Imagine, if you can, a world without cars, a world where road traffic moves at the speed of the pedestrian, the pedal cycle and the horse-drawn cart.
It’s not a silent world: the noises are just different – the shouting of street vendors, the clatter of hooves and iron-shod tyres on cobbled roadways, the jingling of bicycle bells and the whistle of steam engines. But it’s an alien world, where the streets literally run with pollution from the millions of horses on which the economy depends, where long-distance travel is governed by the tyranny of the train timetable, where a town only 10 miles from the nearest railway station can seem as remote as though it were in the middle of nowhere.
It’s a world that has changed only gradually over the past 100 years, with the coming of the railway the biggest transport revolution since the Middle Ages. There are, indeed, road-going steam traction engines, but they’re big, unwieldy brutes weighing several tons whose iron wheels break up the road surface. Consequently, they’re restricted to walking speed by a harsh law that compels every “self-propelled vehicle” on the roads to be preceded by a man on foot, usually carrying a red flag.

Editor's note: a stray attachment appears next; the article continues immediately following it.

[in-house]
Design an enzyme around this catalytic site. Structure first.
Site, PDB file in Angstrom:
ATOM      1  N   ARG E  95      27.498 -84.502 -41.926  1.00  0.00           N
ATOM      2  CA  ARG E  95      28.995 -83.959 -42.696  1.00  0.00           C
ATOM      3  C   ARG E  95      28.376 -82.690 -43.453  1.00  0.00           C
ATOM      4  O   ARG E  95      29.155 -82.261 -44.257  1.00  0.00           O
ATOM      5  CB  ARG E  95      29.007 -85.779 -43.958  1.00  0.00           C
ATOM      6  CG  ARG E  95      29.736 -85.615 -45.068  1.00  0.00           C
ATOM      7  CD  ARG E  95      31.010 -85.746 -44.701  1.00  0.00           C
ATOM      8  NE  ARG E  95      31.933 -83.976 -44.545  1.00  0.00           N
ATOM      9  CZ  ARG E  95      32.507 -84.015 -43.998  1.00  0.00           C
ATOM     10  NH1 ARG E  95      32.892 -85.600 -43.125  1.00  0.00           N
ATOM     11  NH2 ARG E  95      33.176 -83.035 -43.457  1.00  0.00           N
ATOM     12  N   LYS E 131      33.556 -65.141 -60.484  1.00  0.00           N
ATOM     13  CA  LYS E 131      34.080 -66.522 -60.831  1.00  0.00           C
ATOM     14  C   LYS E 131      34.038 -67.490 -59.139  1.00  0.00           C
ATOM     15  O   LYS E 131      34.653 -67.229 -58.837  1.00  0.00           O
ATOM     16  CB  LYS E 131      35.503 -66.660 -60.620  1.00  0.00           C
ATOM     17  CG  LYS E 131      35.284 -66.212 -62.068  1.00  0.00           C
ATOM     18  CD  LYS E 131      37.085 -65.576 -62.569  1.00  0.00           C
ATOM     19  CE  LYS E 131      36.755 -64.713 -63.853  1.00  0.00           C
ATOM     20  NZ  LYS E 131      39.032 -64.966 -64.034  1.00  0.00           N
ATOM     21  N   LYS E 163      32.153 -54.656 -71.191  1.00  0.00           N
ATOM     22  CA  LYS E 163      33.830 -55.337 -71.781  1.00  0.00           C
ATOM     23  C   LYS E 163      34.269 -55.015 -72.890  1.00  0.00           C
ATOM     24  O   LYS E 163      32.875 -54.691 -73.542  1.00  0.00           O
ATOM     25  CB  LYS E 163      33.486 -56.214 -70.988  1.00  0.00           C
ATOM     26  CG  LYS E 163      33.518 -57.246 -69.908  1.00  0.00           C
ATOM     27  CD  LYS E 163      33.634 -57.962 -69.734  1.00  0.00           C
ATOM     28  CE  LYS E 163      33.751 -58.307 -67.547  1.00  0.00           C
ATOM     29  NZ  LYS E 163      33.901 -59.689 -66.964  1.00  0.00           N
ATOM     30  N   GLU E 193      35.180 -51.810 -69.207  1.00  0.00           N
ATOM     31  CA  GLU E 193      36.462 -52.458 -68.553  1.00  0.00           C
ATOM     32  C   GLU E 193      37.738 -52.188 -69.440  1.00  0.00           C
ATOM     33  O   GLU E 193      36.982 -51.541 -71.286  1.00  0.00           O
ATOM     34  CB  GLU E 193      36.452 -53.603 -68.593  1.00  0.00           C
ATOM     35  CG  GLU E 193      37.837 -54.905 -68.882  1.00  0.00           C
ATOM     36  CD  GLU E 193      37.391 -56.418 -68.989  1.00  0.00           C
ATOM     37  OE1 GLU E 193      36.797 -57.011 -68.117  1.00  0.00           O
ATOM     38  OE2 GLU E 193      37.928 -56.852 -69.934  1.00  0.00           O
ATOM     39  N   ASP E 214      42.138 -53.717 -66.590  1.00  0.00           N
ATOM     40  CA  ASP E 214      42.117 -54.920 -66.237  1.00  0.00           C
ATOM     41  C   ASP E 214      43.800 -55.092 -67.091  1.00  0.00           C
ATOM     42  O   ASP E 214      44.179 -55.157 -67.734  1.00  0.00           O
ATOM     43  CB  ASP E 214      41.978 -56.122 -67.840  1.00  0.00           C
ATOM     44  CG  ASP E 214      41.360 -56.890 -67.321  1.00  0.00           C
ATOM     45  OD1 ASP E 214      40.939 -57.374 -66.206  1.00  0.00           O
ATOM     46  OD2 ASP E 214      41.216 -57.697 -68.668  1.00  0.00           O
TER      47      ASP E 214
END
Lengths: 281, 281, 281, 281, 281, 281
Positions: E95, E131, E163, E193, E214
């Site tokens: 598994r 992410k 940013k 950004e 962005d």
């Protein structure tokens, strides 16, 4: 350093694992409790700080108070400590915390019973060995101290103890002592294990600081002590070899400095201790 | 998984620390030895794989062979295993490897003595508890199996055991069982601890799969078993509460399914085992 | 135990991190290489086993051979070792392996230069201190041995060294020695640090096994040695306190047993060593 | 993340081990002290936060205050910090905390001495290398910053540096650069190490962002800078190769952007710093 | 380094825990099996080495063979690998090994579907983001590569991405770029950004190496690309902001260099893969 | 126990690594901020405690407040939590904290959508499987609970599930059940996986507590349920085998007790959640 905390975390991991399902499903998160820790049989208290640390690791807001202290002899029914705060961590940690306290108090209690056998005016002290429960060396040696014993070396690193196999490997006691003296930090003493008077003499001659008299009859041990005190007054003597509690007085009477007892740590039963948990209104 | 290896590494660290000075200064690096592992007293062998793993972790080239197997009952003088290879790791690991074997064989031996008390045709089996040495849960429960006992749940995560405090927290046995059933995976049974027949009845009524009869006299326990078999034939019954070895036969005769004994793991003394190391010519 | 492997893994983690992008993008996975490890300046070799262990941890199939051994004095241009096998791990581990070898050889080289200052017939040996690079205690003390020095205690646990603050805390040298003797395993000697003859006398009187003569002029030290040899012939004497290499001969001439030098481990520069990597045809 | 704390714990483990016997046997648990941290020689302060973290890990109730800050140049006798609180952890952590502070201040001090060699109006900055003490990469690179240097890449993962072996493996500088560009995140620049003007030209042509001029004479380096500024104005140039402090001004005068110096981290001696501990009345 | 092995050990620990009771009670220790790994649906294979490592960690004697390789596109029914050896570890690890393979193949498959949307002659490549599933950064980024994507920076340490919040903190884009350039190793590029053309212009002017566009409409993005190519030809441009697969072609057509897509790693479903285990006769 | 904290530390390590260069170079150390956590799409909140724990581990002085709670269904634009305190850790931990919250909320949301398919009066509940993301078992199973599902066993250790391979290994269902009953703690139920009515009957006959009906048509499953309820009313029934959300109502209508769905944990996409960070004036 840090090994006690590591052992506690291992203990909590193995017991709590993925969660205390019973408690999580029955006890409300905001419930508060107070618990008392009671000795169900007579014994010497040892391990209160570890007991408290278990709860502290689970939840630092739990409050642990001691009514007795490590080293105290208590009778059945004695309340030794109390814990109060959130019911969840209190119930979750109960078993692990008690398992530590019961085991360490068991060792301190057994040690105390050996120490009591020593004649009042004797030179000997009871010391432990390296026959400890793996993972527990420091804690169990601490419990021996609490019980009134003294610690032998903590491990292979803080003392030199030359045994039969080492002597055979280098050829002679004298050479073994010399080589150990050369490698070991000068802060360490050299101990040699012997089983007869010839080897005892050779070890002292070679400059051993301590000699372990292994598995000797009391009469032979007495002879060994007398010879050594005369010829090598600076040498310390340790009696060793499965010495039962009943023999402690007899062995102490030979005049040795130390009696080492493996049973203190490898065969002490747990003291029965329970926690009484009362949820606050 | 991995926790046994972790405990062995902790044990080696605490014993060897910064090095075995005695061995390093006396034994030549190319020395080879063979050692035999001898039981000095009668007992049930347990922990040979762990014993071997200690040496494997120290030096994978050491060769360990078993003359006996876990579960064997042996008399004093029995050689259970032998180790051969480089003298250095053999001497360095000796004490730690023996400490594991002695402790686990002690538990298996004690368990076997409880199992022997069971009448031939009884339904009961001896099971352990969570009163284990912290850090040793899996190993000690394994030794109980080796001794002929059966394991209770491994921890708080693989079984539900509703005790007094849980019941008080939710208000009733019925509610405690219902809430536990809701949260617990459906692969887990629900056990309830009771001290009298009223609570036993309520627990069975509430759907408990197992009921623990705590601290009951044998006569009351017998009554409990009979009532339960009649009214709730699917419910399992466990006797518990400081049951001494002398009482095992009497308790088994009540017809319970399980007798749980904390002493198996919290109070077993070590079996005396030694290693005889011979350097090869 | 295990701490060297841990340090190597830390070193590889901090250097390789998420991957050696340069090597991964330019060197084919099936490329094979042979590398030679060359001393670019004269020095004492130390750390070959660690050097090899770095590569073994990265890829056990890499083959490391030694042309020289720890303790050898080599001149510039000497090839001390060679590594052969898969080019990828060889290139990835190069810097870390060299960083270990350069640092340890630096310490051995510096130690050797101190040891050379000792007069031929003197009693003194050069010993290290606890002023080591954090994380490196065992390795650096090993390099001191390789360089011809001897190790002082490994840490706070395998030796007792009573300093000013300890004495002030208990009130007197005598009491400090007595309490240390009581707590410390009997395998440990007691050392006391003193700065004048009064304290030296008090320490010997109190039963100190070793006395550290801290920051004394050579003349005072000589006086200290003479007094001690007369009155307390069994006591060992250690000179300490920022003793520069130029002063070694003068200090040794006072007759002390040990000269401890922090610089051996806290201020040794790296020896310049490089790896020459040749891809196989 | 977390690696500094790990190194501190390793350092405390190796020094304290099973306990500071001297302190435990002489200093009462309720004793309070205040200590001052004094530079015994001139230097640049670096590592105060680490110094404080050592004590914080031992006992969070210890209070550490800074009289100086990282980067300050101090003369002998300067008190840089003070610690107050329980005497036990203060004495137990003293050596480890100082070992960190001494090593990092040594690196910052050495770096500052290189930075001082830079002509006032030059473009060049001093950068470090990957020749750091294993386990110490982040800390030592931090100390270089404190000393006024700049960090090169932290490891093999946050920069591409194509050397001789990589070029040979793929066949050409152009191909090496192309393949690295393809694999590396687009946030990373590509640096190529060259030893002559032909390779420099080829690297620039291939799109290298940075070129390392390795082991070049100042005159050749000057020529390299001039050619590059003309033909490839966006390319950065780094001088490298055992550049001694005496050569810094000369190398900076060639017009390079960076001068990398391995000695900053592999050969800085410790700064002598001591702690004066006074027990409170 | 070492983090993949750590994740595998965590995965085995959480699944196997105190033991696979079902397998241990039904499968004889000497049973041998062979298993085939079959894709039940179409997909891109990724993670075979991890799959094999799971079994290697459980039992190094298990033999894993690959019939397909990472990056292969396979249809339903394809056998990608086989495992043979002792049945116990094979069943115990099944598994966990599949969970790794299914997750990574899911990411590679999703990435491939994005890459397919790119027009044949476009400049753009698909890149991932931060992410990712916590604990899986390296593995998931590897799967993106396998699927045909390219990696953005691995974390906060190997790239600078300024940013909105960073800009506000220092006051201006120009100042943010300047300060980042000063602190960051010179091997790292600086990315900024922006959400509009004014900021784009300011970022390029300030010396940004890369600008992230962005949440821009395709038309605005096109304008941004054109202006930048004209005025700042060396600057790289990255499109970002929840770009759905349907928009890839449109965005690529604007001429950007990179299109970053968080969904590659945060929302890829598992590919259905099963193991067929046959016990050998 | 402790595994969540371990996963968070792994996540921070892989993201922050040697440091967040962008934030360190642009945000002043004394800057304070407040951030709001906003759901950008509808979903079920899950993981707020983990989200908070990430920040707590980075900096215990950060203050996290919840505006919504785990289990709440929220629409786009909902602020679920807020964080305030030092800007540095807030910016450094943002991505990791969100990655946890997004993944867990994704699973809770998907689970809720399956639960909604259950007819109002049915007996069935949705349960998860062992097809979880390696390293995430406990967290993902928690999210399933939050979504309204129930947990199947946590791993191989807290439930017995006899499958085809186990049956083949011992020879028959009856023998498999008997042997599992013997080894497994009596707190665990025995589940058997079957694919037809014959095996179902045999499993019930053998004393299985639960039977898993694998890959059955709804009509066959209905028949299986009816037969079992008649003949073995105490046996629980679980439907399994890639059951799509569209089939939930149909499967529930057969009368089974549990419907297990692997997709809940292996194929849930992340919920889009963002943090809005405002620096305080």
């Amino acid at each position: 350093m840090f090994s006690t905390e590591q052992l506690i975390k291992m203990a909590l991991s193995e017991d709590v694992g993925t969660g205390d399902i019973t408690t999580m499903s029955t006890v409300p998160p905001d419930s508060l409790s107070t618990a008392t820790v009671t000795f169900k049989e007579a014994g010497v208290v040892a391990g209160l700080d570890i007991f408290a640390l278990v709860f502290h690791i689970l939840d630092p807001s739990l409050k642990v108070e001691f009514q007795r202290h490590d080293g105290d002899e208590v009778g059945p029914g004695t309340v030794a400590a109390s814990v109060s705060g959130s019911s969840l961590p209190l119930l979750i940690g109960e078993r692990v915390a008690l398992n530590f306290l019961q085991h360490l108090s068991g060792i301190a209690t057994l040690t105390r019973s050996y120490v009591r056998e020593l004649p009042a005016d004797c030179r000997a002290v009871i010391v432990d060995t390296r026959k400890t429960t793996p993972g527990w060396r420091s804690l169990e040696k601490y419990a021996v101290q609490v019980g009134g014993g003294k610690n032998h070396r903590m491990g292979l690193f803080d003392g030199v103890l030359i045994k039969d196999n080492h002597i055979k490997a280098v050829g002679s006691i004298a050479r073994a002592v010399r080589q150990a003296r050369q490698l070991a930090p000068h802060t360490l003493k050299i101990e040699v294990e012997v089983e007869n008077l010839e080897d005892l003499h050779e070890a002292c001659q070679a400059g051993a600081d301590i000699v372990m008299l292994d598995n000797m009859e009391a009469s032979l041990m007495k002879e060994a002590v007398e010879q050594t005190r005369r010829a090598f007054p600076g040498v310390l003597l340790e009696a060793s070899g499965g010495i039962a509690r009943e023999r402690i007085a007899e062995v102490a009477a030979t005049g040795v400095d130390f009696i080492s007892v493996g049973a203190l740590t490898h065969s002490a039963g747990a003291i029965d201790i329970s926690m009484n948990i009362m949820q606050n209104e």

This is the United Kingdom in 1895, an island nation whose empire encircles the world, the hub of the Industrial Revolution. But it’s a decade behind its Continental rivals, France and Germany, in adopting the motor car, with not a single native manufacturer and maybe only six cars in the entire country. Every time they venture onto the streets, their drivers risk falling foul of the law, for parliament refuses to recognise the light and handy car as anything different from a five-ton traction engine. Therefore, says the law, every car must have a driver, an engineer and a man walking in front to warn of its approach.
Then, one afternoon late in the year, an unfamiliar noise is heard in the streets of Coventry, centre of the cycle industry and home of the successful printing company Iliffe, Sons and Sturmey, publishers of the country’s leading cycling magazine, The Cyclist. The staff all rush to the door to see what it is: “A motor car!”
At the tiller of the strange machine is Harry Lawson, a pompous little man with protuberant eyes. A famous – even notorious – figure in the Coventry cycle industry, he has made a huge fortune out of launching over-capitalised companies that, after paying spectacular dividends for a couple of years, usually collapse in financial chaos. He often collaborates with the most notorious company promoter of the day, Terah Hooley. When Hooley bought the Dunlop Pneumatic Tyre Company for £3 million and floated it as a new concern for £5 million, Lawson made a reputed £500,000 out of the deal.
Lawson has called to see the editor of The Cyclist, a solemn-looking former schoolteacher named Henry Sturmey, who founded the magazine – originally known as The Bicyclists’ Independent Handbook – in 1879 at the age of 22 and later sold the title to the enterprising Iliffe company, which prints the lithographic transfers for the cycle frames of Coventry.